James Stanley Smith, Jr., Ph.D.
jssmith at oak-creek.net
Wed Apr 28 09:52:22 EST 1999
I hope to start a detailed discussion about the following:
How does the cancer dose-response for acetaminophen, the active
ingredient in Tylenol, differ from the cancer dose-response of other
Acetaminophen is generally considered safe for human consumption, but
has been shown in several studies to cause cancer in rats and mice.
Some scientisits consider acetaminophen to be a carcinogen with a
threshold. The threshold for acetaminophen carcinogenicity is only
reached at doses that also cause liver damage. Do we treat
acetaminophen differently from other carcinogens? And if the answer is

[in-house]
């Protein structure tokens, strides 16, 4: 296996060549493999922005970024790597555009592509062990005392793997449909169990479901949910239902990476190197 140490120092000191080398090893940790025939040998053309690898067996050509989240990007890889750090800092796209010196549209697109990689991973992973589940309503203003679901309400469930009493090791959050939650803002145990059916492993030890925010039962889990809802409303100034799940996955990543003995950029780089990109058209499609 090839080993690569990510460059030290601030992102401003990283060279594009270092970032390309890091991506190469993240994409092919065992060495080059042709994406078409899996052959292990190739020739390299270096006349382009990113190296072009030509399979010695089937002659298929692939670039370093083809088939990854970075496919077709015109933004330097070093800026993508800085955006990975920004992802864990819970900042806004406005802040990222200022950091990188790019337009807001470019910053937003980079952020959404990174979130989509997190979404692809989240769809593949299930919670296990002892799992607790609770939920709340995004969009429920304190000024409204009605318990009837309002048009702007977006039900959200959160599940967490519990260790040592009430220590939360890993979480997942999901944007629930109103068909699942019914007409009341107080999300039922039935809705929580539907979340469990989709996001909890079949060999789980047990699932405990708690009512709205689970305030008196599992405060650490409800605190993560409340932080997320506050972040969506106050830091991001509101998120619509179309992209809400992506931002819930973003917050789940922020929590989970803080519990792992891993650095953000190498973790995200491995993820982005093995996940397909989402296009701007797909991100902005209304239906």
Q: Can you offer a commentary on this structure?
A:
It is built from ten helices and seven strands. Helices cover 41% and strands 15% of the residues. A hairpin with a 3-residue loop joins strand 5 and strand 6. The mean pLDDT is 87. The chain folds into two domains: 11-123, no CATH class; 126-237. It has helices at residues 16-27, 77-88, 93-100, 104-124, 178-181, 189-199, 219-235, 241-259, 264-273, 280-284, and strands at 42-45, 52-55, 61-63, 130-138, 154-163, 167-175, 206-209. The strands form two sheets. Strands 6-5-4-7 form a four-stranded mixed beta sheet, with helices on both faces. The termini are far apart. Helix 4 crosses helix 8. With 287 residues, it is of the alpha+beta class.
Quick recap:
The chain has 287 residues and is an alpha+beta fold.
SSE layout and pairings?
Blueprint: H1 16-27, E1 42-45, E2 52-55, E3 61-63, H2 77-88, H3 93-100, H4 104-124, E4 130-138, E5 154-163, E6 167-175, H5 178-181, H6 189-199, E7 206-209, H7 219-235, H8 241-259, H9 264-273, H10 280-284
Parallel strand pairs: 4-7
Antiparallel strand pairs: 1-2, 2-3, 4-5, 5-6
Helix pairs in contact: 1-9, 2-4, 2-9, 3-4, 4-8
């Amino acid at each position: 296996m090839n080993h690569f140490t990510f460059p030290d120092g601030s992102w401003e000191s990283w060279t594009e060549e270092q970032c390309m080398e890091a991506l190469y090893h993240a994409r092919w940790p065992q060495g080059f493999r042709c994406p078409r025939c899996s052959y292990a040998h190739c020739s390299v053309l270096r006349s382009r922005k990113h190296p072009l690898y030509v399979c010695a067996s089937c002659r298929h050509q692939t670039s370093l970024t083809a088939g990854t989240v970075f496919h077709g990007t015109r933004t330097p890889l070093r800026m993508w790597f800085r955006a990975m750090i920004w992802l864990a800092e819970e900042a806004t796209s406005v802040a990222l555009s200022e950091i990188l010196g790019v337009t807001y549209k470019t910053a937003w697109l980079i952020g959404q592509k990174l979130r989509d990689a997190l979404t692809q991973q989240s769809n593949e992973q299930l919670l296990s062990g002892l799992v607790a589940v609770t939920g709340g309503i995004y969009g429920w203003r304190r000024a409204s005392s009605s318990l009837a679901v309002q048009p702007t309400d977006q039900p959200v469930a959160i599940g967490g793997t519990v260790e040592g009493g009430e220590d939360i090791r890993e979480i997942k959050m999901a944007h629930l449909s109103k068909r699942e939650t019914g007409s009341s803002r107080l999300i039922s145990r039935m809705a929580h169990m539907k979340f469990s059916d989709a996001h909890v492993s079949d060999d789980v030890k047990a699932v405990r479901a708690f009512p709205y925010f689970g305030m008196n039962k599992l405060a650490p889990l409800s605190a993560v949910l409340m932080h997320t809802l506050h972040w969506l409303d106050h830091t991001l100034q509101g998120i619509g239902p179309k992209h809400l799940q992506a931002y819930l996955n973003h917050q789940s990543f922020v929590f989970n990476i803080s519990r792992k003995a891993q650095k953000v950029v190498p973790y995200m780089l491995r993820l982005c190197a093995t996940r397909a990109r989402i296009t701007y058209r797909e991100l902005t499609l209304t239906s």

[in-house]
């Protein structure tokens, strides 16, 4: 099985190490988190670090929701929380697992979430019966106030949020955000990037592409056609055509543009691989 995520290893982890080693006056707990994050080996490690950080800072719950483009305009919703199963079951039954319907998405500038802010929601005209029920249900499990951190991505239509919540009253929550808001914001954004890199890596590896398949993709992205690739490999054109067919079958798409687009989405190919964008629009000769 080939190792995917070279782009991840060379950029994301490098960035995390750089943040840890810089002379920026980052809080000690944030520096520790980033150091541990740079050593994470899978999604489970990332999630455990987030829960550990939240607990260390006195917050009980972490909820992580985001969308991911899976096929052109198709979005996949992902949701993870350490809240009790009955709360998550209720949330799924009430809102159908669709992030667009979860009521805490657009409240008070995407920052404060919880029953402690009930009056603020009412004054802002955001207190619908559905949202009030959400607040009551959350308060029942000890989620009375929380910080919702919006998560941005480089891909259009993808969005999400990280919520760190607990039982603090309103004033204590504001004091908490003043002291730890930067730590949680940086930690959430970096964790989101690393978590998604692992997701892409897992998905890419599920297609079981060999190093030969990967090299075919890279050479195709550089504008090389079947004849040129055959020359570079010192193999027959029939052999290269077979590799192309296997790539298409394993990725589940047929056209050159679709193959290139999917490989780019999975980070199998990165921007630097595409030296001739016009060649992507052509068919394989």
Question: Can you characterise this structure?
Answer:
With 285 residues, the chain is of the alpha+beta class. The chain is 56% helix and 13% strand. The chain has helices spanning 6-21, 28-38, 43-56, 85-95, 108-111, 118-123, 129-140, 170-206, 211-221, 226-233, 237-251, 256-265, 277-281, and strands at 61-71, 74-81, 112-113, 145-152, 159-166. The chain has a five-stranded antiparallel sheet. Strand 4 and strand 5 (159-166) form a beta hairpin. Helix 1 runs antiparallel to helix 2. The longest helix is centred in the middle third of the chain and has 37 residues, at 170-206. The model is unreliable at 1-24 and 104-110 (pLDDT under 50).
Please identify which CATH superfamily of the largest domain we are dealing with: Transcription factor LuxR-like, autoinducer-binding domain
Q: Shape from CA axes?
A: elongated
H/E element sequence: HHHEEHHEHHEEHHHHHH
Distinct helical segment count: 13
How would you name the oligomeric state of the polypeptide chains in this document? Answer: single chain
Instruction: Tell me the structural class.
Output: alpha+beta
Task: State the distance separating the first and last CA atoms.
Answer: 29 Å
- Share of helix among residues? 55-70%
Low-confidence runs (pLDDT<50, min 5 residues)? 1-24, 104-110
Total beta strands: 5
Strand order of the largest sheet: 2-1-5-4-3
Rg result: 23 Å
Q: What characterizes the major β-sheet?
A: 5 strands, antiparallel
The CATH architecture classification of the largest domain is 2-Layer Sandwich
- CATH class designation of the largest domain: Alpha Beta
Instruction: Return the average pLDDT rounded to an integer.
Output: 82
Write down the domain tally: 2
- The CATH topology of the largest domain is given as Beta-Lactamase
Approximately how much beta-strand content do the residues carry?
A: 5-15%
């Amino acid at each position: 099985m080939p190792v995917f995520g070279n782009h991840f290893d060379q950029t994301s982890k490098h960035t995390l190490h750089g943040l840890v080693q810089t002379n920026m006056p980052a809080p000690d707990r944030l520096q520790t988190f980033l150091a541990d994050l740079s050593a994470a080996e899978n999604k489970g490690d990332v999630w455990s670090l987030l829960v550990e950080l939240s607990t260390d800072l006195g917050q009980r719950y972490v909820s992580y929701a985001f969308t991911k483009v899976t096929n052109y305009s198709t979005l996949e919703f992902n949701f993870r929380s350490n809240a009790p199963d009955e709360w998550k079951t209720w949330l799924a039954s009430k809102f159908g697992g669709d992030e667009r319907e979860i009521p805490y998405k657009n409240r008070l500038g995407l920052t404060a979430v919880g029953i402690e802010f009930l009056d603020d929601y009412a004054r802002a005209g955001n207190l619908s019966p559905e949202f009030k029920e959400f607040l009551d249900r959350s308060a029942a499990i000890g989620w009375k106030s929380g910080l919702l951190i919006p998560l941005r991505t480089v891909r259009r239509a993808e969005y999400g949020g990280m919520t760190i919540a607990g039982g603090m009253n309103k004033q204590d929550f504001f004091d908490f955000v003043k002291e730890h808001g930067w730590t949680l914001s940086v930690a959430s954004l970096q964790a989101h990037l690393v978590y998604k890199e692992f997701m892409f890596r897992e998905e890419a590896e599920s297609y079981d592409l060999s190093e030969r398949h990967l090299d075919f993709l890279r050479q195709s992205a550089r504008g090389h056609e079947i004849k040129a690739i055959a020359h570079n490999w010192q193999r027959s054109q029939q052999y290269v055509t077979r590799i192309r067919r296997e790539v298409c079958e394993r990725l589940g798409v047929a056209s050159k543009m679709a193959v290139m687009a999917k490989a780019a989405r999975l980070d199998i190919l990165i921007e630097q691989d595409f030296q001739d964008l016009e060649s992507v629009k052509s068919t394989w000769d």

yes, how do we treat acetaminophen differently under the new US EPA
James S. Smith, Jr., Ph.D.
President & Toxicologist
OAK CREEK, Inc.
Toxicology & Risk Assessment Consulting
RR 3 Box 246B
Gorham, Maine 04038-9428
Voice : 207.929.6375
E-mail : jssmith at oak-creek.net
WWW : http://www.oak-creek.net
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